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McCarren Park

McCarren Park

McCarren Park is a public park in Brooklyn, New York City. It is located in both Williamsburg, Brooklyn and Greenpoint, Brooklyn and is bordered by Nassau Avenue, Bayard Street, Lorimer Street and North 12th Street. It is operated by the New York City Department of Parks and Recreation. Opened in 1906 and originally named Greenpoint Park, the park was renamed McCarren Park in 1909 after State Senator Patrick H. McCarren (1849–1909), who began work as a cooper at Williamsburg sugar refineries and eventually became the Democratic boss of Brooklyn. The park is a popular destination for recreational softball, volleyball, soccer, handball, and other games. It is also used for sunbathing and dog-walking. In late 2004, the park's track was resurfaced and has been a popular destination for running enthusiasts.

McCarren Pool was the eighth and largest of the eleven giant pools that were built by the Works Progress Administration to provide safe swimming facilities for all New York City residents. Mayor Fiorello La Guardia attended the dedication on July 31, 1936. With an original capacity for 6800 swimmers, the pool served as the summertime social hub for Greenpoint and Williamsburg. The building's vast scale and dramatic arches, designed by Aymar Embury II, typify the generous and heroic spirit of New Deal architecture.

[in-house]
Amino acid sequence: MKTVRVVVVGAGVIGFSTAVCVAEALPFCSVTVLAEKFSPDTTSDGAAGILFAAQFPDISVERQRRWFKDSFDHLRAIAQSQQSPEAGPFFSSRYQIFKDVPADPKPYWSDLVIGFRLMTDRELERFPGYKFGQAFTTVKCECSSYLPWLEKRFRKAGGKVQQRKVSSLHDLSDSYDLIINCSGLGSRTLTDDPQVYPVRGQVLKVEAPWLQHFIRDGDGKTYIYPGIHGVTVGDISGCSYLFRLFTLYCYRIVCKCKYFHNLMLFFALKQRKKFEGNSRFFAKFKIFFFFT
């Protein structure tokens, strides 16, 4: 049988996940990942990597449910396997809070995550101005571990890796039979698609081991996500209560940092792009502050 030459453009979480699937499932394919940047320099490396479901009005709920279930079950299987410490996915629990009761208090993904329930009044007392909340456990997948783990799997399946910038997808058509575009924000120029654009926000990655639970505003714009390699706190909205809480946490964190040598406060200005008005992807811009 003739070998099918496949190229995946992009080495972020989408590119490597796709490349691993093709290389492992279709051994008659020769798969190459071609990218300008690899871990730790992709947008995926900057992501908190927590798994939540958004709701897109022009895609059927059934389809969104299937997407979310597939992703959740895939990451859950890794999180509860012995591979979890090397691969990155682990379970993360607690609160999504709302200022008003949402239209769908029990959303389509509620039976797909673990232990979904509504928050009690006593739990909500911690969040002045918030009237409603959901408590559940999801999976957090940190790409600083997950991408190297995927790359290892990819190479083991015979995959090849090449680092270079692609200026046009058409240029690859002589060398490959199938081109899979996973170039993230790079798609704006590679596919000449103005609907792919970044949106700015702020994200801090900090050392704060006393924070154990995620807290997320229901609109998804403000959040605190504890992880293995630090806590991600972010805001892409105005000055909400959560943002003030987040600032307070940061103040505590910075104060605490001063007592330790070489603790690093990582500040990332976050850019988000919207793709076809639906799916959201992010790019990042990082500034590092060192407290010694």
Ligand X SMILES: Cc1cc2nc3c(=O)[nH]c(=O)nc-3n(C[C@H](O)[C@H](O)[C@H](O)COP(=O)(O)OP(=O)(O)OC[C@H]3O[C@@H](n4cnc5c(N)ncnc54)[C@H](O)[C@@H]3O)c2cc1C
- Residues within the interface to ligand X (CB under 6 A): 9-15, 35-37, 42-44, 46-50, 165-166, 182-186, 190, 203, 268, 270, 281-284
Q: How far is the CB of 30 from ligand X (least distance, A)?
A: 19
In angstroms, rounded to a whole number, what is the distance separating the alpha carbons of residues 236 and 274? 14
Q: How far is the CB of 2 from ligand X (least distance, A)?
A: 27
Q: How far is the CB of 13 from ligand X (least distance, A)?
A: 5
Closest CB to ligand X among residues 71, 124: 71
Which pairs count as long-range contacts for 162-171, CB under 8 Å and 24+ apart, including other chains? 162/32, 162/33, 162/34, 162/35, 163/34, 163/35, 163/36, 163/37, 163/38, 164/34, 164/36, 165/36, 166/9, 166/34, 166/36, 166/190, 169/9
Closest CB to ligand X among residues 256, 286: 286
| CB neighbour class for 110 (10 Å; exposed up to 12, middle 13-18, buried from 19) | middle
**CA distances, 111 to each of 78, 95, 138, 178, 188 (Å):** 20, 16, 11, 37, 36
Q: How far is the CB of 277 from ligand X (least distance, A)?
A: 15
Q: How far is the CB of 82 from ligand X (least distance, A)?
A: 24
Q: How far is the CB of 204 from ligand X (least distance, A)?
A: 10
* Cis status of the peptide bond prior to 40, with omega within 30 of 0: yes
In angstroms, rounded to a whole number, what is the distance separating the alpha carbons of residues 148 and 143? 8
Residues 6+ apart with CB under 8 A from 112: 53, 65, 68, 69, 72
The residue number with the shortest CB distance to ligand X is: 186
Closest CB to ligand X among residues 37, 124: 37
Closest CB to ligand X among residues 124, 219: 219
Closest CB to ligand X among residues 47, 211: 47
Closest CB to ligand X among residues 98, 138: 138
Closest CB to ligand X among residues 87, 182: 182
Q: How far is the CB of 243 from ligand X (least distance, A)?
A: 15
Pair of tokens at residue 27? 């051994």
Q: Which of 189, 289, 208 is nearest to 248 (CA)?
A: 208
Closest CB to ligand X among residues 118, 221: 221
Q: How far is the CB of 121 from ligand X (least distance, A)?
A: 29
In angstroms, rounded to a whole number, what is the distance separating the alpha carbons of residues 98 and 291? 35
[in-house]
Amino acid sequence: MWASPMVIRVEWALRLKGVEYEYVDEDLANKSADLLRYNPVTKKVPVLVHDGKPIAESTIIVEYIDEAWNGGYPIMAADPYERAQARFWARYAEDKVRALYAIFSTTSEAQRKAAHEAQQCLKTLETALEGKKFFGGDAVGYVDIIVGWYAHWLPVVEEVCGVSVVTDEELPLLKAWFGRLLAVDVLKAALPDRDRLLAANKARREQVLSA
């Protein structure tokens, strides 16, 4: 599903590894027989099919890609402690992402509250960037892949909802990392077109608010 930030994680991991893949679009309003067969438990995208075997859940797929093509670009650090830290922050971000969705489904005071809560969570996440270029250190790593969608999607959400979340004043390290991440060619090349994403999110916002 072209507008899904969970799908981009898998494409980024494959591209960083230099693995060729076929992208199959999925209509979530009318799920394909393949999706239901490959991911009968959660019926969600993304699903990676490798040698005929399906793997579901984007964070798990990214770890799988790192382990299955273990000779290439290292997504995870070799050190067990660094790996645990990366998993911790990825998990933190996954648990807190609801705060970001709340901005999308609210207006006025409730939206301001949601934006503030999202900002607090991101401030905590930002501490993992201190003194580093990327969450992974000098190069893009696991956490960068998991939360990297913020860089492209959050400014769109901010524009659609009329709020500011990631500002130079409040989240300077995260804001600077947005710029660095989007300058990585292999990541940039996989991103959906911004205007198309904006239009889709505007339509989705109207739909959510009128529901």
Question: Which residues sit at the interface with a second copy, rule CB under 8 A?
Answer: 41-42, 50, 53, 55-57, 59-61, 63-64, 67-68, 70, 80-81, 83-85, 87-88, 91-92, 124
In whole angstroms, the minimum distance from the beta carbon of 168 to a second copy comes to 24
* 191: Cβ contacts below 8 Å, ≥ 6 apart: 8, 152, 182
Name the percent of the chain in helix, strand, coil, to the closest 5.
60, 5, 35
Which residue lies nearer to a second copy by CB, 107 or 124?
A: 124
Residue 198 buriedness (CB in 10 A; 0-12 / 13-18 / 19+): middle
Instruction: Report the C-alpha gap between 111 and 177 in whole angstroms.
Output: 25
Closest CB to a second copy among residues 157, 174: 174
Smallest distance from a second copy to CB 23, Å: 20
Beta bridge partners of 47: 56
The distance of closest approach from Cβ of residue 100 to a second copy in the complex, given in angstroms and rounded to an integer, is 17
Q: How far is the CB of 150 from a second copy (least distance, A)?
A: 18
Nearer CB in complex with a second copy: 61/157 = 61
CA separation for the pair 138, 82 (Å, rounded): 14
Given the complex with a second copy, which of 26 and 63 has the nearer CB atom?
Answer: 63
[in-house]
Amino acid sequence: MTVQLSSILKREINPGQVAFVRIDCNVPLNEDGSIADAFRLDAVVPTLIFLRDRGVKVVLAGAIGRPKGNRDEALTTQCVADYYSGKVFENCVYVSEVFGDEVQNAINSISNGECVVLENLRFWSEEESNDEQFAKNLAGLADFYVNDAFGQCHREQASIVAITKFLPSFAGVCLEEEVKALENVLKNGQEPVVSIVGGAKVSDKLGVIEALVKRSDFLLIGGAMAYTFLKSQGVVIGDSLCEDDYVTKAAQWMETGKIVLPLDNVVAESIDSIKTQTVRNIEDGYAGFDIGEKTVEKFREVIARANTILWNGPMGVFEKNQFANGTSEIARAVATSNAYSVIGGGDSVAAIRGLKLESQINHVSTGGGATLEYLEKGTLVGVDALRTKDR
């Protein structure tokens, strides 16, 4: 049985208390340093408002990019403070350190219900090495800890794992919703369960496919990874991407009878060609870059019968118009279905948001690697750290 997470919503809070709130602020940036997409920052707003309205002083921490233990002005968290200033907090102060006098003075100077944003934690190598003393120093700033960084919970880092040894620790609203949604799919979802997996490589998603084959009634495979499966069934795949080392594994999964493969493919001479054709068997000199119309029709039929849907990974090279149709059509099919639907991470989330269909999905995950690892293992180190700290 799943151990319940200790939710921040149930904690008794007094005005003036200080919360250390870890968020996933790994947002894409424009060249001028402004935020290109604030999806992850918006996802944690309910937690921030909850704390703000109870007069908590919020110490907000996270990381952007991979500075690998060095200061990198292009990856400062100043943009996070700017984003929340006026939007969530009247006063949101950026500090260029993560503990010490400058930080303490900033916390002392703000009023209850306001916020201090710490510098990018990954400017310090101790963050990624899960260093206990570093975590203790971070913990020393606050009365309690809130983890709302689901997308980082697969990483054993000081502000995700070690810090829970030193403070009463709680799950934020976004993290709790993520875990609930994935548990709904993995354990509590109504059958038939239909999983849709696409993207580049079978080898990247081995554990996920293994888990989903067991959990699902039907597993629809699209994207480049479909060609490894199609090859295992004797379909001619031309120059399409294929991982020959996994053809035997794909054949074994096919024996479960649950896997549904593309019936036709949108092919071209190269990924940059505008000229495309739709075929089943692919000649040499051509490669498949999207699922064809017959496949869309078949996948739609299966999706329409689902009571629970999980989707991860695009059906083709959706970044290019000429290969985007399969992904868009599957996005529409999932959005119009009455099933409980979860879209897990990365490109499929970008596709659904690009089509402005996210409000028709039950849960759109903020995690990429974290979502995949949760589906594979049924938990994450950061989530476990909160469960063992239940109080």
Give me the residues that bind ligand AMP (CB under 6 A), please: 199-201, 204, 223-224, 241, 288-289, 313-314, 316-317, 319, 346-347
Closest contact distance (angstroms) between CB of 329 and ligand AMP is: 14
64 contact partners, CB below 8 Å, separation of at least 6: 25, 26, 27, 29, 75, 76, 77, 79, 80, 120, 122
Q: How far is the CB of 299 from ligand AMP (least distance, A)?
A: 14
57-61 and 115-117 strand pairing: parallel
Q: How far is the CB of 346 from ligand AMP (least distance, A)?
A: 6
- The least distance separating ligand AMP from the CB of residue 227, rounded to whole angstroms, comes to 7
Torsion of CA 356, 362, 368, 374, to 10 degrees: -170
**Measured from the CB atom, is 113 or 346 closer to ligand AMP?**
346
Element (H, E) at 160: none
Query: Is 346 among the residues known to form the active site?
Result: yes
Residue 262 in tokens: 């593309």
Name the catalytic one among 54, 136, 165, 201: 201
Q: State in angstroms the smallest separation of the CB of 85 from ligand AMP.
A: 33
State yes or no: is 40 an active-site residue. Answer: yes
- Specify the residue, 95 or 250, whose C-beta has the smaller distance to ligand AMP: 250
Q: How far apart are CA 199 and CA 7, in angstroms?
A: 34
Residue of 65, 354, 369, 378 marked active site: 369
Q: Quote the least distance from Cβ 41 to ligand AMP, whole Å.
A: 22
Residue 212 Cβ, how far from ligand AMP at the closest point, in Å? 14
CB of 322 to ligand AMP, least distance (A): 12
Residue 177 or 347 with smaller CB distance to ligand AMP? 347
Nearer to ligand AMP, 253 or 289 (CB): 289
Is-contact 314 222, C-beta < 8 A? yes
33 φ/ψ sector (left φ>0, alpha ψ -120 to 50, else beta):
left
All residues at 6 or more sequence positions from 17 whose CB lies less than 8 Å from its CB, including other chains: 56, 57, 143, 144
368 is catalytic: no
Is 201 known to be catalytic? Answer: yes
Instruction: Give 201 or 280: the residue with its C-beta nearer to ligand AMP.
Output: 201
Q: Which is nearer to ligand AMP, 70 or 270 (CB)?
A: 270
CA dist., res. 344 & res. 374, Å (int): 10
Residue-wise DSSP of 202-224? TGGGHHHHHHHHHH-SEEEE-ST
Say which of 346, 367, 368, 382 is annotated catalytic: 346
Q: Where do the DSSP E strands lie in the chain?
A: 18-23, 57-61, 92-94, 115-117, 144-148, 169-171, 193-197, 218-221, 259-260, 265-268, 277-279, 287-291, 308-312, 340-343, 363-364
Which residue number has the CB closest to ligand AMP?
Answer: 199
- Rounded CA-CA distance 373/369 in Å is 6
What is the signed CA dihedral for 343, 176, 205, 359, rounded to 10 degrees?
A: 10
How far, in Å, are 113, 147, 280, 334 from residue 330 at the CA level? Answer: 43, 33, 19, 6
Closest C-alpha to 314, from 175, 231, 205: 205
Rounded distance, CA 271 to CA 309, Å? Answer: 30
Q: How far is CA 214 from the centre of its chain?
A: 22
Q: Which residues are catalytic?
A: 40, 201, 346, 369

The pool was closed in 1984. It quickly became blighted, and covered in graffiti. The bathhouse buildings were broken into and extensively vandalized, until they were sealed up sometime around 1989. The pool was also used in a chase seen in the 1984 movie Vigilante.

The reuse and reconstruction of the pool remained a contentious community issue for many years, until the community came to a consensus plan in 2001. The community sought to reconstruct the facility to encompass a skate park, an indoor recreation/performance center, and a smaller pool that could be converted to a seasonal ice rink. The plan was estimated to cost $26 million and had a good chance of receiving public funding, but the budgetary constraints of the City in post-9/11 shelved the plan and the pool remained closed for the next few years.

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